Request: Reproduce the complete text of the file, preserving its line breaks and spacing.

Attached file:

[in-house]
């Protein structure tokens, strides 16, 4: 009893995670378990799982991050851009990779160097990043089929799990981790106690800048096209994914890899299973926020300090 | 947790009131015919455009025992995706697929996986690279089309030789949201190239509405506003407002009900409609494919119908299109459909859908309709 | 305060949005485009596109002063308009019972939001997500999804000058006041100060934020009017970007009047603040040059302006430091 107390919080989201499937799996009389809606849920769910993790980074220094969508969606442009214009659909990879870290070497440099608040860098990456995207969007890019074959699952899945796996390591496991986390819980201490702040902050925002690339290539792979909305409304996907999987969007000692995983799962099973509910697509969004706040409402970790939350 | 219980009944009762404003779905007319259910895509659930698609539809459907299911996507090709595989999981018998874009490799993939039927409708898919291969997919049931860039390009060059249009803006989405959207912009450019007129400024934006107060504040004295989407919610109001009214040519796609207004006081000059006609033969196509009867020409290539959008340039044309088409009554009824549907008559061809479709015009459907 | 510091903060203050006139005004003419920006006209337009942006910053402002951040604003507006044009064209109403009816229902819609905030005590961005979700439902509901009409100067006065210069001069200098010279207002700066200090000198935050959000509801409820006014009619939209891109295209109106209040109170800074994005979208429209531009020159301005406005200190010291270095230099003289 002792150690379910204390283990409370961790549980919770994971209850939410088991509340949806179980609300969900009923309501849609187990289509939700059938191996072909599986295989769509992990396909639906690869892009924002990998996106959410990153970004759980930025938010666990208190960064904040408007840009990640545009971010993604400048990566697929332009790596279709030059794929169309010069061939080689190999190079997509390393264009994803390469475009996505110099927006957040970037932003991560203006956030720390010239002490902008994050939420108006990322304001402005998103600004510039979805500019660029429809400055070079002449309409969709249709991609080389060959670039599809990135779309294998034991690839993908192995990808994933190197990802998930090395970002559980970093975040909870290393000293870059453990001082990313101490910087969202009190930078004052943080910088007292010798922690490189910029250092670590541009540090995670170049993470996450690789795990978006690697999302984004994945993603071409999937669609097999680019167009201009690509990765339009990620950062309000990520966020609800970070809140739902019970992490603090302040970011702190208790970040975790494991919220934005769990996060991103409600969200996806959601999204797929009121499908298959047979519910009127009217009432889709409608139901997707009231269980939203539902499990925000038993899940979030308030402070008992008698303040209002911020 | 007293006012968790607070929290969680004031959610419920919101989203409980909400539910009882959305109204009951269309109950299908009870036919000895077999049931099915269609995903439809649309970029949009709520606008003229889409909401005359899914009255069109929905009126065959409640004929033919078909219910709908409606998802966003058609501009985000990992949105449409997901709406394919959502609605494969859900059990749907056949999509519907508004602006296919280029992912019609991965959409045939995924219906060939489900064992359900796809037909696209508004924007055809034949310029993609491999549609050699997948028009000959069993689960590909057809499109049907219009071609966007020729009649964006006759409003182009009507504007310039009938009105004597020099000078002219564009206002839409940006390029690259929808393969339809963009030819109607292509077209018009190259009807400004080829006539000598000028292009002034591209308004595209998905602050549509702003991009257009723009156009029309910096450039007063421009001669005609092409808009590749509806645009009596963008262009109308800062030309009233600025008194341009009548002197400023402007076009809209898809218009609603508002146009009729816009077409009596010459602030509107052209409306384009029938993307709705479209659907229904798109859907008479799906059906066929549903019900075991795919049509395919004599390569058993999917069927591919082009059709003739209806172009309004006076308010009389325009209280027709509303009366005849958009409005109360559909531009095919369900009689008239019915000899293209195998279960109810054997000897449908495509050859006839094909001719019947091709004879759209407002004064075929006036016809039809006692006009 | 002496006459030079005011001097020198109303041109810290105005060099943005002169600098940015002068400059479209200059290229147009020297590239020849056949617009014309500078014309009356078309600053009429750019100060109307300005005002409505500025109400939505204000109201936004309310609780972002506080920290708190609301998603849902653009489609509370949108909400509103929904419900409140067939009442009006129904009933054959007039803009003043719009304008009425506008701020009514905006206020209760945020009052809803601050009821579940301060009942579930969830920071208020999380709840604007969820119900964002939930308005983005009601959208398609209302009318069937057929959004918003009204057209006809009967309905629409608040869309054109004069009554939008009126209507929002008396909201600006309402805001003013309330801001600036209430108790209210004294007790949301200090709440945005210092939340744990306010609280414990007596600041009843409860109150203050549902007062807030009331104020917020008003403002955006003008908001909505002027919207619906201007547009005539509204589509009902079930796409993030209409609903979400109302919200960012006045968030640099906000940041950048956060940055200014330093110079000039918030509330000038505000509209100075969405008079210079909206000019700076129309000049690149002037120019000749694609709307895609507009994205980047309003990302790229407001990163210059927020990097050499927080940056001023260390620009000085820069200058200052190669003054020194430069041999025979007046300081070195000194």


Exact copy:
[in-house]
């Protein structure tokens, strides 16, 4: 009893995670378990799982991050851009990779160097990043089929799990981790106690800048096209994914890899299973926020300090 | 947790009131015919455009025992995706697929996986690279089309030789949201190239509405506003407002009900409609494919119908299109459909859908309709 | 305060949005485009596109002063308009019972939001997500999804000058006041100060934020009017970007009047603040040059302006430091 107390919080989201499937799996009389809606849920769910993790980074220094969508969606442009214009659909990879870290070497440099608040860098990456995207969007890019074959699952899945796996390591496991986390819980201490702040902050925002690339290539792979909305409304996907999987969007000692995983799962099973509910697509969004706040409402970790939350 | 219980009944009762404003779905007319259910895509659930698609539809459907299911996507090709595989999981018998874009490799993939039927409708898919291969997919049931860039390009060059249009803006989405959207912009450019007129400024934006107060504040004295989407919610109001009214040519796609207004006081000059006609033969196509009867020409290539959008340039044309088409009554009824549907008559061809479709015009459907 | 510091903060203050006139005004003419920006006209337009942006910053402002951040604003507006044009064209109403009816229902819609905030005590961005979700439902509901009409100067006065210069001069200098010279207002700066200090000198935050959000509801409820006014009619939209891109295209109106209040109170800074994005979208429209531009020159301005406005200190010291270095230099003289 002792150690379910204390283990409370961790549980919770994971209850939410088991509340949806179980609300969900009923309501849609187990289509939700059938191996072909599986295989769509992990396909639906690869892009924002990998996106959410990153970004759980930025938010666990208190960064904040408007840009990640545009971010993604400048990566697929332009790596279709030059794929169309010069061939080689190999190079997509390393264009994803390469475009996505110099927006957040970037932003991560203006956030720390010239002490902008994050939420108006990322304001402005998103600004510039979805500019660029429809400055070079002449309409969709249709991609080389060959670039599809990135779309294998034991690839993908192995990808994933190197990802998930090395970002559980970093975040909870290393000293870059453990001082990313101490910087969202009190930078004052943080910088007292010798922690490189910029250092670590541009540090995670170049993470996450690789795990978006690697999302984004994945993603071409999937669609097999680019167009201009690509990765339009990620950062309000990520966020609800970070809140739902019970992490603090302040970011702190208790970040975790494991919220934005769990996060991103409600969200996806959601999204797929009121499908298959047979519910009127009217009432889709409608139901997707009231269980939203539902499990925000038993899940979030308030402070008992008698303040209002911020 | 007293006012968790607070929290969680004031959610419920919101989203409980909400539910009882959305109204009951269309109950299908009870036919000895077999049931099915269609995903439809649309970029949009709520606008003229889409909401005359899914009255069109929905009126065959409640004929033919078909219910709908409606998802966003058609501009985000990992949105449409997901709406394919959502609605494969859900059990749907056949999509519907508004602006296919280029992912019609991965959409045939995924219906060939489900064992359900796809037909696209508004924007055809034949310029993609491999549609050699997948028009000959069993689960590909057809499109049907219009071609966007020729009649964006006759409003182009009507504007310039009938009105004597020099000078002219564009206002839409940006390029690259929808393969339809963009030819109607292509077209018009190259009807400004080829006539000598000028292009002034591209308004595209998905602050549509702003991009257009723009156009029309910096450039007063421009001669005609092409808009590749509806645009009596963008262009109308800062030309009233600025008194341009009548002197400023402007076009809209898809218009609603508002146009009729816009077409009596010459602030509107052209409306384009029938993307709705479209659907229904798109859907008479799906059906066929549903019900075991795919049509395919004599390569058993999917069927591919082009059709003739209806172009309004006076308010009389325009209280027709509303009366005849958009409005109360559909531009095919369900009689008239019915000899293209195998279960109810054997000897449908495509050859006839094909001719019947091709004879759209407002004064075929006036016809039809006692006009 | 002496006459030079005011001097020198109303041109810290105005060099943005002169600098940015002068400059479209200059290229147009020297590239020849056949617009014309500078014309009356078309600053009429750019100060109307300005005002409505500025109400939505204000109201936004309310609780972002506080920290708190609301998603849902653009489609509370949108909400509103929904419900409140067939009442009006129904009933054959007039803009003043719009304008009425506008701020009514905006206020209760945020009052809803601050009821579940301060009942579930969830920071208020999380709840604007969820119900964002939930308005983005009601959208398609209302009318069937057929959004918003009204057209006809009967309905629409608040869309054109004069009554939008009126209507929002008396909201600006309402805001003013309330801001600036209430108790209210004294007790949301200090709440945005210092939340744990306010609280414990007596600041009843409860109150203050549902007062807030009331104020917020008003403002955006003008908001909505002027919207619906201007547009005539509204589509009902079930796409993030209409609903979400109302919200960012006045968030640099906000940041950048956060940055200014330093110079000039918030509330000038505000509209100075969405008079210079909206000019700076129309000049690149002037120019000749694609709307895609507009994205980047309003990302790229407001990163210059927020990097050499927080940056001023260390620009000085820069200058200052190669003054020194430069041999025979007046300081070195000194």